The miserable young creature who had given birth to this child within a very few days, and who had cleaned the cold wet door-steps immediately afterwards, was brought before us when we resumed our horse-hair chairs, and was present during the proceedings. She had a horse-hair chair herself, being very weak and ill; and I remember how she turned to the unsympathetic nurse who attended her, and who might have been the figure-head of a pauper-ship, and how she hid her face and sobs and tears upon that wooden shoulder. I remember, too, how hard her mistress was upon her (she was a servant-of-all-work), and with what a cruel pertinacity that piece of Virtue spun her thread of evidence double, by intertwisting it with the sternest thread of construction. Smitten hard by the terrible low wail from the utterly friendless orphan girl, which never ceased during the whole inquiry, I took heart to ask this witness a question or two, which hopefully admitted of an answer that might give a favourable turn to the case. She made the turn as little favourable as it could be, but it did some good, and the Coroner, who was nobly patient and humane (he was the late Mr. Wakley), cast a look of strong encouragement in my direction. Then, we had the doctor who had made the examination, and the usual tests as to whether the child was born alive; but he was a timid, muddle-headed doctor, and got confused and contradictory, and wouldn't say this, and couldn't answer for that, and the immaculate broker was too much for him, and our side slid back again. However, I tried again, and the Coroner backed me again, for which I ever afterwards felt grateful to him as I do now to his memory; and we got another favourable turn, out of some other witness, some member of the family with a strong prepossession against the sinner; and I think we had the doctor back again; and I know that the Coroner summed up for our side, and that I and my British brothers turned round to discuss our verdict, and get ourselves into great difficulties with our large chairs and the broker. At that stage of the case I tried hard again, being convinced that I had cause for it; and at last we found for the minor offence of only concealing the birth; and the poor desolate creature, who had been taken out during our deliberation, being brought in again to be told of the verdict, then dropped upon her knees before us, with protestations that we were right — protestations among the most affecting that I have ever heard in my life — and was carried away insensible.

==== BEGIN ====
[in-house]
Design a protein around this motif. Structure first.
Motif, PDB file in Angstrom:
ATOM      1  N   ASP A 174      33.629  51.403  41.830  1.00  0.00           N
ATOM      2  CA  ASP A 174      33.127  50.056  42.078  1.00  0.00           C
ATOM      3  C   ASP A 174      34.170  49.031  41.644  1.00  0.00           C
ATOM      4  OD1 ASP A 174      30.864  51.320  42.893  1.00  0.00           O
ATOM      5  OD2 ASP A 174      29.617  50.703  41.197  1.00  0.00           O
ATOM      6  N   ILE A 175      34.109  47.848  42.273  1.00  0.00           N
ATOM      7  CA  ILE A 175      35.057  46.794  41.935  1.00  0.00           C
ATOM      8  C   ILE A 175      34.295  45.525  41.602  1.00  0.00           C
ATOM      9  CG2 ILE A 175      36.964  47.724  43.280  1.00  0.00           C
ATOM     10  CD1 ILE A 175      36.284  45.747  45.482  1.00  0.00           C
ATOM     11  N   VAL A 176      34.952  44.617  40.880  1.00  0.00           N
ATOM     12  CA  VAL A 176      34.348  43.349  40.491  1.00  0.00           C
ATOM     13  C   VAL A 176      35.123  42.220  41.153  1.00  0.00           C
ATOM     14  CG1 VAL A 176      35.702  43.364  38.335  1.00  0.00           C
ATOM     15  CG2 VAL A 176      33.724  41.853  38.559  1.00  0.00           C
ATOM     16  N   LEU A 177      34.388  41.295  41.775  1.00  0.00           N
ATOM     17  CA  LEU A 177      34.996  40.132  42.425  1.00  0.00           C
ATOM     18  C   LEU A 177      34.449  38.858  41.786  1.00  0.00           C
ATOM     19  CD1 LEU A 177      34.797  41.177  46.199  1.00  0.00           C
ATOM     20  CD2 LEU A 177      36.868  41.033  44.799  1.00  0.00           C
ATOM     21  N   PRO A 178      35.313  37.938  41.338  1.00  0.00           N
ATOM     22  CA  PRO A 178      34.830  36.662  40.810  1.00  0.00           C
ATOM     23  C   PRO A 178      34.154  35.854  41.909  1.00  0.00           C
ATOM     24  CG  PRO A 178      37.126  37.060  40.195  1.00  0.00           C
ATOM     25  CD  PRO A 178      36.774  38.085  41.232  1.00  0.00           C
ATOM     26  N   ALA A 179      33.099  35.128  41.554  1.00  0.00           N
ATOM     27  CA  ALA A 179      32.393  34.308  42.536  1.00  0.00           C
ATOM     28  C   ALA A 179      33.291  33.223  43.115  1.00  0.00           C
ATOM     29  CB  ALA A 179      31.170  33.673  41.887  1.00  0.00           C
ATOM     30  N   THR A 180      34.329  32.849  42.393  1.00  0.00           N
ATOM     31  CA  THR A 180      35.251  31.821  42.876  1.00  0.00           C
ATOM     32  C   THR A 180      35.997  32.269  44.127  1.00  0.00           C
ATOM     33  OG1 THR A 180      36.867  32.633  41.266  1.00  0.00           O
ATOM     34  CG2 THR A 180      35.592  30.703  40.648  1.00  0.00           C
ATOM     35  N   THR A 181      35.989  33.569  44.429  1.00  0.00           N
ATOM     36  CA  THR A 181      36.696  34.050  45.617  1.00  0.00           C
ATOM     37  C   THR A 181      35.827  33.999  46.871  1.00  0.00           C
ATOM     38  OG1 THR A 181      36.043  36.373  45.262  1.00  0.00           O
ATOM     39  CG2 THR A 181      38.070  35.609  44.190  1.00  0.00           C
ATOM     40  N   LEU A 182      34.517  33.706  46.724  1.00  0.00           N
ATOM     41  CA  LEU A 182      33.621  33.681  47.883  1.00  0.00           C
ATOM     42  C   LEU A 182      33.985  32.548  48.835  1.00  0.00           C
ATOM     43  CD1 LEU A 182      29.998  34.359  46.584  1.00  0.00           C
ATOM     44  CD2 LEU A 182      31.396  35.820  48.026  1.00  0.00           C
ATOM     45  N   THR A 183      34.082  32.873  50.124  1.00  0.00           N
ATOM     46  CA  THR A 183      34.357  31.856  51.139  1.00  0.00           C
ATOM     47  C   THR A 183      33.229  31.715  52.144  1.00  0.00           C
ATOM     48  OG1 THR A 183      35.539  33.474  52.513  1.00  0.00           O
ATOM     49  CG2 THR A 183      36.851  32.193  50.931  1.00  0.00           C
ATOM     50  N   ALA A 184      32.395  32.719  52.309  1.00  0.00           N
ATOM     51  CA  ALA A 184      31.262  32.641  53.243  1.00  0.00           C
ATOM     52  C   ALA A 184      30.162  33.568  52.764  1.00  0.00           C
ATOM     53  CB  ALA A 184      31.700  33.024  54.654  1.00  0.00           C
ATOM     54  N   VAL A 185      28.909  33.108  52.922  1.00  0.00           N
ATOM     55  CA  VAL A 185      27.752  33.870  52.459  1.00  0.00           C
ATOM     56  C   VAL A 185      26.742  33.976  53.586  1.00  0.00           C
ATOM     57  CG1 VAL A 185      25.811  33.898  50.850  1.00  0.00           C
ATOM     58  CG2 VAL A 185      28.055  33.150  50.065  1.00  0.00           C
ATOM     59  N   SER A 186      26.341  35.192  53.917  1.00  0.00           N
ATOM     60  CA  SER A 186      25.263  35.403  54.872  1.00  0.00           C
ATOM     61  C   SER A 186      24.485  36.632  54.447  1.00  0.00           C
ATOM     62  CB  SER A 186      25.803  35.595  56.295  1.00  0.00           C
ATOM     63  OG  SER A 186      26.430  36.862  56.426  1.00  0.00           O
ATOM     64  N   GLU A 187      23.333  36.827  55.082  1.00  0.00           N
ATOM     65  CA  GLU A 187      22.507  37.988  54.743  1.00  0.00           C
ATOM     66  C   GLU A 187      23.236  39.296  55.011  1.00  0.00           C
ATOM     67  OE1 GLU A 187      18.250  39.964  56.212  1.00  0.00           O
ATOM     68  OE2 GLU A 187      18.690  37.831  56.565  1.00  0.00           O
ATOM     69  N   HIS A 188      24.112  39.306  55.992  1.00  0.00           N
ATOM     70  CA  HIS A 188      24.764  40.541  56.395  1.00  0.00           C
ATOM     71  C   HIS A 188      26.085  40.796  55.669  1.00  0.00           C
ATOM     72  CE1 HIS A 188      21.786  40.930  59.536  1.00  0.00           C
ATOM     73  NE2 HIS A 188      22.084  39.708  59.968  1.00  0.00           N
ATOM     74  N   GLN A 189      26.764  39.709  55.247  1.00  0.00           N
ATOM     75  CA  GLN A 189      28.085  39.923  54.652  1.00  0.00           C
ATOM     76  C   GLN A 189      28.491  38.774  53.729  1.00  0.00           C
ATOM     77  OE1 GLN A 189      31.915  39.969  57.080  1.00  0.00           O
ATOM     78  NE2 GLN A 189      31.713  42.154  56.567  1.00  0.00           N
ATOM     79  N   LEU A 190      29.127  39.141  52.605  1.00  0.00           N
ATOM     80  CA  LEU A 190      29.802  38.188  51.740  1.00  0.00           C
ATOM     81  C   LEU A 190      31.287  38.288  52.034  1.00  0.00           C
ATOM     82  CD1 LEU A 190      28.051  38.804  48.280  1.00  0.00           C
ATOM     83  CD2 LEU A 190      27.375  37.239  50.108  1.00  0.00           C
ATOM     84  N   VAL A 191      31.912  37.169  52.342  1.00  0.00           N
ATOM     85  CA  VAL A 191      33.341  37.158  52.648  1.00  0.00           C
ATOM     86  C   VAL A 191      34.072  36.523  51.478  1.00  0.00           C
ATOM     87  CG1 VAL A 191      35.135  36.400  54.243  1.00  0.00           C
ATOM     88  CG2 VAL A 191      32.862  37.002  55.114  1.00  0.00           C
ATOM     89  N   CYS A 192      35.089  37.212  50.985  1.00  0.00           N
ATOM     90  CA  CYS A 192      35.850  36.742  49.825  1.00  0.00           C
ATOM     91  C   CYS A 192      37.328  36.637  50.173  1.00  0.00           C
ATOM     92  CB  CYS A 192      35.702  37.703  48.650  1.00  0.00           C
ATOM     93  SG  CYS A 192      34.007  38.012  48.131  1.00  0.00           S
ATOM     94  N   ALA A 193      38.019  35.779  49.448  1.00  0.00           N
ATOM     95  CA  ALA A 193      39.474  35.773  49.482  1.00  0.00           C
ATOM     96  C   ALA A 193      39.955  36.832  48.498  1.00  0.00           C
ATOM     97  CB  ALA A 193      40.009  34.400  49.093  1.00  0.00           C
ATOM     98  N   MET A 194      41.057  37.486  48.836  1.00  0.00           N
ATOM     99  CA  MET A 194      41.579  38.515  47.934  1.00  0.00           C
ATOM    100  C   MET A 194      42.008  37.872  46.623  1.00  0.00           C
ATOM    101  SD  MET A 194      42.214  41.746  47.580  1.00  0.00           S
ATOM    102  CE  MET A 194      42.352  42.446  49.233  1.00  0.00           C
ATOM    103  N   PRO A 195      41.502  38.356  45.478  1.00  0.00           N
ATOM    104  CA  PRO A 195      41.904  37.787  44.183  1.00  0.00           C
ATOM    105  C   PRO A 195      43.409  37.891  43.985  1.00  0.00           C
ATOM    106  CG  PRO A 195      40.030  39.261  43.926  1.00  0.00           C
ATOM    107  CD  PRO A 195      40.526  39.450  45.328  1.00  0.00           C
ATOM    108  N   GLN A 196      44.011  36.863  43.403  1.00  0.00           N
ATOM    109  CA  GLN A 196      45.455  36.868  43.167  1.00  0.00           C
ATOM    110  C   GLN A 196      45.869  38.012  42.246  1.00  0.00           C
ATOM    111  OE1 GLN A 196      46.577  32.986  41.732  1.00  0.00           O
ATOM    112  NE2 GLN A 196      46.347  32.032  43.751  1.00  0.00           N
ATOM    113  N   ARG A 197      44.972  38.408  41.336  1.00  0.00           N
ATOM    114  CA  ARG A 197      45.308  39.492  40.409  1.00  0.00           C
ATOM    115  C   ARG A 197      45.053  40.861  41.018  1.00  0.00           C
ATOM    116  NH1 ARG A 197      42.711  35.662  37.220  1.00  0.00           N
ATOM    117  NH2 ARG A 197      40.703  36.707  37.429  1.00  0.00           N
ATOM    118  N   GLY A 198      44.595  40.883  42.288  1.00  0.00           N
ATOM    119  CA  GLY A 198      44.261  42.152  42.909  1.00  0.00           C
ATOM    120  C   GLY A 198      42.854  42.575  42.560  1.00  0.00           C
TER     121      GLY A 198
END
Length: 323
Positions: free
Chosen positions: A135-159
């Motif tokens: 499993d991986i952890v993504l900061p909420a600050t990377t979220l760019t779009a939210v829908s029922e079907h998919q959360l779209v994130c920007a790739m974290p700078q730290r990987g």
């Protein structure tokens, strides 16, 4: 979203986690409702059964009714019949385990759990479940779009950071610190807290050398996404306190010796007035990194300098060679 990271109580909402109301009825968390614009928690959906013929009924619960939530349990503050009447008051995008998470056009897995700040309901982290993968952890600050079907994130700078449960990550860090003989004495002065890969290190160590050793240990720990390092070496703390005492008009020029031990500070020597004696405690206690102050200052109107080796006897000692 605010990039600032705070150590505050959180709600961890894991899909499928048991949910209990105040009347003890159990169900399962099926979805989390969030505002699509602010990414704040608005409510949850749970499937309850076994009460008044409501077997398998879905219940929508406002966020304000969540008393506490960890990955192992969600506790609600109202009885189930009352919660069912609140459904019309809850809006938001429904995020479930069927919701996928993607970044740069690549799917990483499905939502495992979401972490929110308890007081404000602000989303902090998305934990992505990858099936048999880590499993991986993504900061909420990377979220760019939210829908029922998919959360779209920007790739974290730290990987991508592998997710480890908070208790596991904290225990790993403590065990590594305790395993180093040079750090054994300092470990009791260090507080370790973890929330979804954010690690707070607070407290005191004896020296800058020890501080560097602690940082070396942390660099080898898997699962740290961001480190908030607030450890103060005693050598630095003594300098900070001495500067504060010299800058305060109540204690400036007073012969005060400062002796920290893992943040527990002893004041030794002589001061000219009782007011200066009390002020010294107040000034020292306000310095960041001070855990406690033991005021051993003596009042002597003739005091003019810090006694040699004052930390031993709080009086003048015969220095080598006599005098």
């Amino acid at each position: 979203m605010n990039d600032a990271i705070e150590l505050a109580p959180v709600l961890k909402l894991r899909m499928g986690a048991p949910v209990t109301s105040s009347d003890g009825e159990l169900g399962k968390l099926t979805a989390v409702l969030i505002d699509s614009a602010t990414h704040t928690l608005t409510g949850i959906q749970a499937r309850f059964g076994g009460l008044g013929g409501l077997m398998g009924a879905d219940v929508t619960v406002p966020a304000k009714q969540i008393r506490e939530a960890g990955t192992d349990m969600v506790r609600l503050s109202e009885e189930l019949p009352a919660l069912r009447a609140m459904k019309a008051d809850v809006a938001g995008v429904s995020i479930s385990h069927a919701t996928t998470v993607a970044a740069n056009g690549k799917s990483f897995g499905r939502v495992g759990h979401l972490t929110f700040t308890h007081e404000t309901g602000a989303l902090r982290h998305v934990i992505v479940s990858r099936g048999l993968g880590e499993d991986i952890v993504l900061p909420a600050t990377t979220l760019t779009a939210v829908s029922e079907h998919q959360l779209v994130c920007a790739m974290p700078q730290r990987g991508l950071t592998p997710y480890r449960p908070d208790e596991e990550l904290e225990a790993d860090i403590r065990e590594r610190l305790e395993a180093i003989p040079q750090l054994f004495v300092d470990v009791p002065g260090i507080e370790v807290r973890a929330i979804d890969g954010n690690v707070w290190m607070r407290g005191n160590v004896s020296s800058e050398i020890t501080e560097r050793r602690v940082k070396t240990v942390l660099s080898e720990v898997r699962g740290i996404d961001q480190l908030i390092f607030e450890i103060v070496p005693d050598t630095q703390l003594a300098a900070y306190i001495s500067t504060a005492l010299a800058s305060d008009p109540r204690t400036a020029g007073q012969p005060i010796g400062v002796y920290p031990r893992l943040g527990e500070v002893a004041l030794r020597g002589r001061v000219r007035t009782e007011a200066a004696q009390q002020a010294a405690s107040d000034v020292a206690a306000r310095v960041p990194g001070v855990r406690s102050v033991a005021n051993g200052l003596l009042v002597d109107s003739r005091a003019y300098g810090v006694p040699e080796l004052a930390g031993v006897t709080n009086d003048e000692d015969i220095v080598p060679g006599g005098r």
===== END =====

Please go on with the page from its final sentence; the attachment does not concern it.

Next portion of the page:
Suicide, and particularly death by jumping off a bridge in either London or Paris, was commonly associated in the middle-class consciousness with prostitutes. Certainly Reinhart's illustration from Dickens's 16 May 1863 All the Year Round essay of the subject of morgues and inquests only touches upon the subject of female suicide, so that one must accept the American Household Edition illustrator's image as sensationalising the chapter. in contrast, Edward Dalziel in the British Household Edition chooses a more conventional and pious subject, the confession of a young female servant before a coroner's inquest. The question of a woman throwing herself into the river out of sheer desperation comes up several times in Dickens's fiction, notably with Meggy Veck in The Chimes (1844) — realised at the very beginning of the Fourth Quarter by Richard Doyle's "Margaret and Her Child" — and with Martha Endell's contemplating precisely just such a means of self destruction in Chapter 47 of David Copperfield (August 1850). In "The River" Phiz provides a powerful image of a young woman's standing on the brink of self-destruction, while the respectable, male recorders of the scene, Mr. Peggotty and David, look on, horrified and transfixed, but immobilised. Fred Barnard transforms this scene into a contrite plea for forgiveness in "Oh, the river!" she cried passionately. "Oh, the river!" for the Household Edition of the novel. Clearly the subject of female suicide by drowning was a subject of considerable interest to Victorian readers over three decades, as reflected the voyeuristic appeal of the Paris Morgue for Wilkie Collins and Charles Dickens.